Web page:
It turns out the traditional paradigm of developing a business plan and a product over a few years is becoming obsolete in favor of more flexible small business ideas. The Wall Street Journal recently reported on the idea of pivoting.
The Pivot: Flexible Small Business Ideas
For more technology and especially web based businesses, the most important component to their product development is customer demand.
For many, the exact recipe consumers will respond to can’t be determined ahead of time.
A number of companies including Groupon, Twitter and Instagram all started out as something else. In the course of initial customer feedback, they changed their product offering to what they’ve become today.
The Next Generation of Flexible Small Business Ideas:
Generally speaking, there is an expectation among venture capitalists that people in their 20s and 30s are better at these flexible small business ideas than their Baby Boomer counterparts.
Investors say the founders who made left turns are generally more experienced—and less fearful of failure—than past generations of tech entrepreneurs. The founders who change products and markets between one and three times raise more money than those who don’t, according to Startup Genome Compass of San Francisco, which tracks more than 13,000 Internet start-ups. In fact, they raised roughly 2½ times more capital than founders who changed products and markets either four or more times or not at all, its research says.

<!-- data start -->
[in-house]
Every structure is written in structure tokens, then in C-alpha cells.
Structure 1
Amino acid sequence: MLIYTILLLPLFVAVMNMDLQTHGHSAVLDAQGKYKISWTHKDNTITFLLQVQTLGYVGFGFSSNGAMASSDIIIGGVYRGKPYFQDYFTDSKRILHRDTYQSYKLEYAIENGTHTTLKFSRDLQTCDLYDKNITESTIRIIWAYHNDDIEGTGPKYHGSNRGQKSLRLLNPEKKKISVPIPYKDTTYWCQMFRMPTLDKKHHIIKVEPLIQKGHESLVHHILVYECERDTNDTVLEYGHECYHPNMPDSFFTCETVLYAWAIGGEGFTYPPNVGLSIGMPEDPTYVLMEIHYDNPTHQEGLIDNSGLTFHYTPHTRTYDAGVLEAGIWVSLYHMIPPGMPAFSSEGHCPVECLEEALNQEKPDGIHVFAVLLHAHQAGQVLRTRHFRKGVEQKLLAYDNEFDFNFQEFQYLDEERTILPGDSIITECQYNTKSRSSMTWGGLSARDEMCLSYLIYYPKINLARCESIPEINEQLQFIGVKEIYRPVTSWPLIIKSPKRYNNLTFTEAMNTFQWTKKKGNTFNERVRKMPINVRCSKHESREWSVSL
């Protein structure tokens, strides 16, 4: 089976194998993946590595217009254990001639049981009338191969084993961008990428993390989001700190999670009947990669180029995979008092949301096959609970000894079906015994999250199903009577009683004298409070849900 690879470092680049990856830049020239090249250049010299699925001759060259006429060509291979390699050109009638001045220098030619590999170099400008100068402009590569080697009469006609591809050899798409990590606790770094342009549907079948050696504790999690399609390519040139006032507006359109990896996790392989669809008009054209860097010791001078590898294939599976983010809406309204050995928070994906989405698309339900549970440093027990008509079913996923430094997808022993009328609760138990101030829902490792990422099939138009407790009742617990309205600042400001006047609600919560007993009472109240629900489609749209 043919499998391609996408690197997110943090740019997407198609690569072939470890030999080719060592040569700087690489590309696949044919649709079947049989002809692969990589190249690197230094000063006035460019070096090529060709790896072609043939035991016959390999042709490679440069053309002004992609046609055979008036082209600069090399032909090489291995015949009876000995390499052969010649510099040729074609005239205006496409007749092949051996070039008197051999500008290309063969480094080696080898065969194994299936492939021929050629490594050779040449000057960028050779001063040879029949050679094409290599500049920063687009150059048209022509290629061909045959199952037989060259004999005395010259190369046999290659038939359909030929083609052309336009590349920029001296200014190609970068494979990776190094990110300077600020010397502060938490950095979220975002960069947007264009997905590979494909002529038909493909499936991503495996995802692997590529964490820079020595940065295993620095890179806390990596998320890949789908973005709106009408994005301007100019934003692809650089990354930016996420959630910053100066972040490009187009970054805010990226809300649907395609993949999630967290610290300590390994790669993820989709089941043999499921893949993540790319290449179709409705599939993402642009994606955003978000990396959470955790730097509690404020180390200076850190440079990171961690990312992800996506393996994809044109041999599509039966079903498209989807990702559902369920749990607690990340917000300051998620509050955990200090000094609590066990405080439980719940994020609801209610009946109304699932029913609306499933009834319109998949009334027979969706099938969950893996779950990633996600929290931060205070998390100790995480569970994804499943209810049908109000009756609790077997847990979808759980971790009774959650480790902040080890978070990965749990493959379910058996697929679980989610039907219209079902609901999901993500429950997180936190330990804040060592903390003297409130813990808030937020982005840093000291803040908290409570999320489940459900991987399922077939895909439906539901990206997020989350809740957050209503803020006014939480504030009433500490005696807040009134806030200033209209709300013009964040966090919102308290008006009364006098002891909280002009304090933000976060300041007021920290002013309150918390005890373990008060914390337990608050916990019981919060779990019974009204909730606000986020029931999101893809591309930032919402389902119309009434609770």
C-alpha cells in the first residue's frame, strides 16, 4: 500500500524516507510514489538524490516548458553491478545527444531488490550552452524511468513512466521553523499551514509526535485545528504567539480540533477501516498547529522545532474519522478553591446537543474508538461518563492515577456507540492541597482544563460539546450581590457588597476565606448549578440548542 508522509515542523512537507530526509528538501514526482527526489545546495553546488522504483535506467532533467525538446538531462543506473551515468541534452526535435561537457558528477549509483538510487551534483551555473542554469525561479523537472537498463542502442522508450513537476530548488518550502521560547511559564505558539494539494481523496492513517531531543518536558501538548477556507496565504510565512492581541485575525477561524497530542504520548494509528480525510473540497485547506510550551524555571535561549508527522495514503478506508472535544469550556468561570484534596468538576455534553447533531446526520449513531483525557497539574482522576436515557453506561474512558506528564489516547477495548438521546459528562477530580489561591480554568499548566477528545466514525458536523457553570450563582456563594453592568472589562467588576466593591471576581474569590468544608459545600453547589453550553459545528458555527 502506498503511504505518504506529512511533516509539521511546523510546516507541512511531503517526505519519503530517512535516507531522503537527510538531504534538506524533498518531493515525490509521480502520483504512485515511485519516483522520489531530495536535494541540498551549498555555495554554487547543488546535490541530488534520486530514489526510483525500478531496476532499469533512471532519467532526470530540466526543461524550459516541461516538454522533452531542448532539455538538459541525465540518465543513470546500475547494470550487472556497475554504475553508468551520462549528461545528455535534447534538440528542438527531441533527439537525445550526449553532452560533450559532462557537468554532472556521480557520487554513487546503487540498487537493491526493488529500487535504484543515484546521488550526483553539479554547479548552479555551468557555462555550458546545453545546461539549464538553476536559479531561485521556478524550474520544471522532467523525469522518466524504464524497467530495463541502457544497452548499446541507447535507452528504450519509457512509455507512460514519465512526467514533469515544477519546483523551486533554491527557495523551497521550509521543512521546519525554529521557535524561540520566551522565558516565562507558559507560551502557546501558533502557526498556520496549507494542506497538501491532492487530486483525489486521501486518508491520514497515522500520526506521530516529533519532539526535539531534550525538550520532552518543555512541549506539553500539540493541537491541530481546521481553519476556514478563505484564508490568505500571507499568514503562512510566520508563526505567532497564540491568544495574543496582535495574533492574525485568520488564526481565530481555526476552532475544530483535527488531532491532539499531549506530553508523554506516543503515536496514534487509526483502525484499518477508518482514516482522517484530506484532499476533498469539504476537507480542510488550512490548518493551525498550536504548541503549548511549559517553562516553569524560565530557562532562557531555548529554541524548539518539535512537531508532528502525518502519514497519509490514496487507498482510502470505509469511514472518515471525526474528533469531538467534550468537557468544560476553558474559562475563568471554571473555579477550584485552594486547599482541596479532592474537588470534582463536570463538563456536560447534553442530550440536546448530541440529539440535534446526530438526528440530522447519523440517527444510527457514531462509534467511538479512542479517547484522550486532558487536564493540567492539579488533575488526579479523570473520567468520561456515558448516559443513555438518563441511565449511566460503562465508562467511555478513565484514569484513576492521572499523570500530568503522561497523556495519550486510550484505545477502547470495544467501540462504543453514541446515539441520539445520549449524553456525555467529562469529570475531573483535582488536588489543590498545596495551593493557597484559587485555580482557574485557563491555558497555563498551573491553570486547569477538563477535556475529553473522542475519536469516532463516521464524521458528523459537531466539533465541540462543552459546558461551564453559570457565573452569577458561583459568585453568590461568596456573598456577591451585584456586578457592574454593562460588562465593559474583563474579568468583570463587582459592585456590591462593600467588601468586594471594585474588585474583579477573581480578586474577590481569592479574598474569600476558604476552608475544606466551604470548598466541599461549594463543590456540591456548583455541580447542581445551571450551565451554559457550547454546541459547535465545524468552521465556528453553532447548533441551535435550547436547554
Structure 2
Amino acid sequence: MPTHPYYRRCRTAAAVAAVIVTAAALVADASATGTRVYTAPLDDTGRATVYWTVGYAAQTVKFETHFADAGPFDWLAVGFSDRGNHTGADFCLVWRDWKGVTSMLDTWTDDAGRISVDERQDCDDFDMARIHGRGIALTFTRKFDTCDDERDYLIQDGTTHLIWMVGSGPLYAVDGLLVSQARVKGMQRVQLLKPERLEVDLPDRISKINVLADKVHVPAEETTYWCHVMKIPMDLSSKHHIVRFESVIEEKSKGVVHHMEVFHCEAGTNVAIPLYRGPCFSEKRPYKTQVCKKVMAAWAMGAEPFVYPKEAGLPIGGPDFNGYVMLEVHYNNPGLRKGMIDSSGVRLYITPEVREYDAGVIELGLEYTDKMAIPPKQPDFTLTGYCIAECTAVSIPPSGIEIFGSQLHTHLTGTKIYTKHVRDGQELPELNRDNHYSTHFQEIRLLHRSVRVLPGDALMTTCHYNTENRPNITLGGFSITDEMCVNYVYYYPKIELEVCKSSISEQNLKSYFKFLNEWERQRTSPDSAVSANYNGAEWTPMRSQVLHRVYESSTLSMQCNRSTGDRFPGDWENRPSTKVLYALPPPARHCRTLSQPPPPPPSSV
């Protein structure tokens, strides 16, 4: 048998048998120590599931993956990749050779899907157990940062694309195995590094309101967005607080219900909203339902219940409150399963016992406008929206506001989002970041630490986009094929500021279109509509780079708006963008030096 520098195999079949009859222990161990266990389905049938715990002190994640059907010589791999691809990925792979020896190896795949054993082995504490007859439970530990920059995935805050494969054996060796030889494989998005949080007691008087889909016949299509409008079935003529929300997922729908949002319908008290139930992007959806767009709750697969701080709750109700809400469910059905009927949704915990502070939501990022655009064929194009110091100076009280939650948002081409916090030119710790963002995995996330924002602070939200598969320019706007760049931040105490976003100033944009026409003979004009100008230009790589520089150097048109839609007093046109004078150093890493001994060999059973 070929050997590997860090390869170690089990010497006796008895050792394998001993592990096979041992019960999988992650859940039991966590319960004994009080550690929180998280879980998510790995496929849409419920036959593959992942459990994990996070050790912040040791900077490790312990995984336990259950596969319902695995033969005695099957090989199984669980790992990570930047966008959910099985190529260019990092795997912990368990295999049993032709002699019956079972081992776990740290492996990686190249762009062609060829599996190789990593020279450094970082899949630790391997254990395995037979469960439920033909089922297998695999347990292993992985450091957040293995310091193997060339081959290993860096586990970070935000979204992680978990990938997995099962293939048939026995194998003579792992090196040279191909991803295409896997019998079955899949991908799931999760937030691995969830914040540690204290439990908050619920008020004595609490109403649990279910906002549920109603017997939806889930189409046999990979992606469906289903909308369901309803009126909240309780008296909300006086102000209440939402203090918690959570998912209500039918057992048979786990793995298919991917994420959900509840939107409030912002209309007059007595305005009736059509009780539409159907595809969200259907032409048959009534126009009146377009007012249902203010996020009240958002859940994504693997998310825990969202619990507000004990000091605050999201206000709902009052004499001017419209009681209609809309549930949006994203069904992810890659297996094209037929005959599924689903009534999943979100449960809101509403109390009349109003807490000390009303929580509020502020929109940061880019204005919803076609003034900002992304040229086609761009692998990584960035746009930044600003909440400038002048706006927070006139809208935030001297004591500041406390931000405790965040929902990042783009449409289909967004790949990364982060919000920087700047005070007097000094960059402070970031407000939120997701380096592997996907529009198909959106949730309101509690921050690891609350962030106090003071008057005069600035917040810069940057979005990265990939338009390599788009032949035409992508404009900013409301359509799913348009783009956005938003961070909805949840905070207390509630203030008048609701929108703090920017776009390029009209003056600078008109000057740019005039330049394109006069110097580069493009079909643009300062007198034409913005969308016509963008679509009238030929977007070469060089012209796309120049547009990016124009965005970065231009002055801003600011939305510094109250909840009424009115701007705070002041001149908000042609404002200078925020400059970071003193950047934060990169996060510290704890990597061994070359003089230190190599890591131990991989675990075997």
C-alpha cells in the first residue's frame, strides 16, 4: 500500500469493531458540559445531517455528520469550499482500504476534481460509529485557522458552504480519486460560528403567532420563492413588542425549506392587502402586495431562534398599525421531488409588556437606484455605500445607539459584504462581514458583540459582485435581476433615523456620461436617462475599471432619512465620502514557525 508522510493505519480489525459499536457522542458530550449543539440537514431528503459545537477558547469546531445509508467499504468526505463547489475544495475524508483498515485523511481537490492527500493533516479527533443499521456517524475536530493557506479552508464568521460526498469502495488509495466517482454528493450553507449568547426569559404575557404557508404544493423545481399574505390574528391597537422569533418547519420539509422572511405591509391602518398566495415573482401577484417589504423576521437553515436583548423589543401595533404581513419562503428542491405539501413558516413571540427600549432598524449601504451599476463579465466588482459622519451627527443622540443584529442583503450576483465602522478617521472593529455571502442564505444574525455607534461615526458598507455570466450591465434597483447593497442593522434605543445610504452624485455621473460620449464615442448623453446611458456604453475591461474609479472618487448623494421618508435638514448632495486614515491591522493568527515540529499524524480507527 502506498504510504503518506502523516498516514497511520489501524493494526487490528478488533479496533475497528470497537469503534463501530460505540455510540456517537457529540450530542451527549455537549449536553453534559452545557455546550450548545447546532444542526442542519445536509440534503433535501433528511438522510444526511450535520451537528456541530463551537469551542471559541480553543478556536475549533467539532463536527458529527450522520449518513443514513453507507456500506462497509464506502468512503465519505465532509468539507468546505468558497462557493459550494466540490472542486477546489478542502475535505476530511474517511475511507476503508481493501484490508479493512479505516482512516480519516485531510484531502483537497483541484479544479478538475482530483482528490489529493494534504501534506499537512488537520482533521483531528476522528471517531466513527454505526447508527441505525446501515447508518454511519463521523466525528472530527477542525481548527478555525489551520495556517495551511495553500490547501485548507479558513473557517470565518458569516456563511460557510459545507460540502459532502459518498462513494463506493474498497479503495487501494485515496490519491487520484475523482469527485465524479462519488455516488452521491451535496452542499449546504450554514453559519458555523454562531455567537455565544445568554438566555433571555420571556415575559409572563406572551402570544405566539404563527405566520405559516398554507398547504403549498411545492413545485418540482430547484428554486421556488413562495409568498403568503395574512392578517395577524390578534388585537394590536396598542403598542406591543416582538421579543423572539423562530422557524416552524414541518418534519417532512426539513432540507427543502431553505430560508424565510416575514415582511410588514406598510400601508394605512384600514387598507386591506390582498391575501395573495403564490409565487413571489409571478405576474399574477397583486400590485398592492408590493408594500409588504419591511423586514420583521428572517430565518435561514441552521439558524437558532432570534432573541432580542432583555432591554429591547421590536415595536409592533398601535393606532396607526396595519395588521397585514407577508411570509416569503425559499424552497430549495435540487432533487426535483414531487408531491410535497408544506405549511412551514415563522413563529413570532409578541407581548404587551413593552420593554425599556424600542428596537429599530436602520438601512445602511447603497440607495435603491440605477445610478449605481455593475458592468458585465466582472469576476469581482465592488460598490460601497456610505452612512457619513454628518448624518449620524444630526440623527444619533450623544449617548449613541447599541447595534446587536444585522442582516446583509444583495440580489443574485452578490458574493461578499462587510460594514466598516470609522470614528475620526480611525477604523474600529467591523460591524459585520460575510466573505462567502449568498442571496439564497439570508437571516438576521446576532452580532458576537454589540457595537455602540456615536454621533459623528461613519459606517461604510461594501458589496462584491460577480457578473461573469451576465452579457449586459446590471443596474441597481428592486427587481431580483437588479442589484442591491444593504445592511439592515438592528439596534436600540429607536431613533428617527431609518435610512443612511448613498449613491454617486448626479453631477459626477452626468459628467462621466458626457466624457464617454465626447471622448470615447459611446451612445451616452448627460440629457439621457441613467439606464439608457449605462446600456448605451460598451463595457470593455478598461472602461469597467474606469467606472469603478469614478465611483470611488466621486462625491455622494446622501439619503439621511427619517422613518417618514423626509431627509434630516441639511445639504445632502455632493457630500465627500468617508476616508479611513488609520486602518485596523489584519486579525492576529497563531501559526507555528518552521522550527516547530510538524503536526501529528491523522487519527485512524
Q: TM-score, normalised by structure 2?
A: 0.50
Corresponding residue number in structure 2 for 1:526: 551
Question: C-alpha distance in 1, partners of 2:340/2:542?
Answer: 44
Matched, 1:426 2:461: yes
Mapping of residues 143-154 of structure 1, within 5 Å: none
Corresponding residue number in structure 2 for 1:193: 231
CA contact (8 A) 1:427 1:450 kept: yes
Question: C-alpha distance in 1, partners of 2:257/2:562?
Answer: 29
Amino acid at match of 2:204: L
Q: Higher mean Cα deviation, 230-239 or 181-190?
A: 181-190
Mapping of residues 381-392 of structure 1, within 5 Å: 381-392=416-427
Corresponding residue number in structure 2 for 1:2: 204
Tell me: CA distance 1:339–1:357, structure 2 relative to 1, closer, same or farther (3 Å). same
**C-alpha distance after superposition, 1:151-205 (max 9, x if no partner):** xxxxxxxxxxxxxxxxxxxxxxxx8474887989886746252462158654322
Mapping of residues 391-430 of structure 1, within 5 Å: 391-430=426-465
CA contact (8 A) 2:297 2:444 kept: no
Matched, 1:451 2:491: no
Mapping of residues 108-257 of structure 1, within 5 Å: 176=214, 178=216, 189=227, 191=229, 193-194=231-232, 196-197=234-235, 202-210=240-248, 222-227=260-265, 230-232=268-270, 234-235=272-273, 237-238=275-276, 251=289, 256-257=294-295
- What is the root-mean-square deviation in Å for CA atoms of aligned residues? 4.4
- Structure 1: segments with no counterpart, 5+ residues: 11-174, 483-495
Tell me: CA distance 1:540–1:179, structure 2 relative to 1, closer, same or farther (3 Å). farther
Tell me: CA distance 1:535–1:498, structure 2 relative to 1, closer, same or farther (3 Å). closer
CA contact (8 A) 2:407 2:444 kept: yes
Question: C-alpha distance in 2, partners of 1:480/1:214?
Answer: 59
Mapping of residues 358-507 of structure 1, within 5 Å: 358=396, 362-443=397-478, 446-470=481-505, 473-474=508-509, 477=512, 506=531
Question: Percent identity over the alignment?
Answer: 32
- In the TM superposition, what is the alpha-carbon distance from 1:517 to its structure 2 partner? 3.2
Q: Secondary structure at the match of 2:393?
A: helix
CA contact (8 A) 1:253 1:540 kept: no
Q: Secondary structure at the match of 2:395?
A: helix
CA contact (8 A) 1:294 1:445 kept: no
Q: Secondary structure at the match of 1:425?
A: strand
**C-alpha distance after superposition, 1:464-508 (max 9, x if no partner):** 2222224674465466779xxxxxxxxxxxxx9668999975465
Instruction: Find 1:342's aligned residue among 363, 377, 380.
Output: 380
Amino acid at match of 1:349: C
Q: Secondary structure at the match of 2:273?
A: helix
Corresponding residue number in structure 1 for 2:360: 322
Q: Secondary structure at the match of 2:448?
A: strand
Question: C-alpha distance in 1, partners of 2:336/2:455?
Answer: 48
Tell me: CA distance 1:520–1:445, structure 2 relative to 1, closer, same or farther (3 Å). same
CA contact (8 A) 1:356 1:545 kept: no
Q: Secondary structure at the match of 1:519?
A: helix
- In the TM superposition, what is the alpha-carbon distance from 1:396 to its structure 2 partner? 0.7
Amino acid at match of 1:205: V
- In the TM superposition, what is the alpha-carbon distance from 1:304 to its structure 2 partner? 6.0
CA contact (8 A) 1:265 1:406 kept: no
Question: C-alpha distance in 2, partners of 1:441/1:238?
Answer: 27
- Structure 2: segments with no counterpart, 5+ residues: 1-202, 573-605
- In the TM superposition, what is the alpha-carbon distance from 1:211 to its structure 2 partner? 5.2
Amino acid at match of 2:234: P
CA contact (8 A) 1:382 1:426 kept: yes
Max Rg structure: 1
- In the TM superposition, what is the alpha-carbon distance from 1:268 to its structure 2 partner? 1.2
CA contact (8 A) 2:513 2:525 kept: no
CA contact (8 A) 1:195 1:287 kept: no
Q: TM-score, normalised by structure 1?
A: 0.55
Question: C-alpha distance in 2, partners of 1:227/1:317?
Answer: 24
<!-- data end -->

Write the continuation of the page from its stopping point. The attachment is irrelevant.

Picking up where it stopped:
There’s also a graphic comparing companies that pivoted versus those that have persevered.
When Are Flexible Small Business Ideas Needed?
The graphic shows that there are successful companies that stuck with what they originally set out to do as well as those that needed more flexible small business ideas.
If you’re in a business that can change and adapt easily according to customer demand, then you should. Staying flexible within your mission is essential for long term viability.
Of course that doesn’t mean to chase ten rabbits all at once. Each of the companies mentioned only pursued one idea at a time. It was only when one idea was shown not to be effective enough that another one was adopted.
Jim Collins talked about this concept in a longer term strategy version in his book, Good to Great. He talked about how the most important thing was to get the right people on the bus and then figure out where the bus was going.
Regardless of your current business model, a strategy that includes flexible small business ideas has merit and ought to be considered.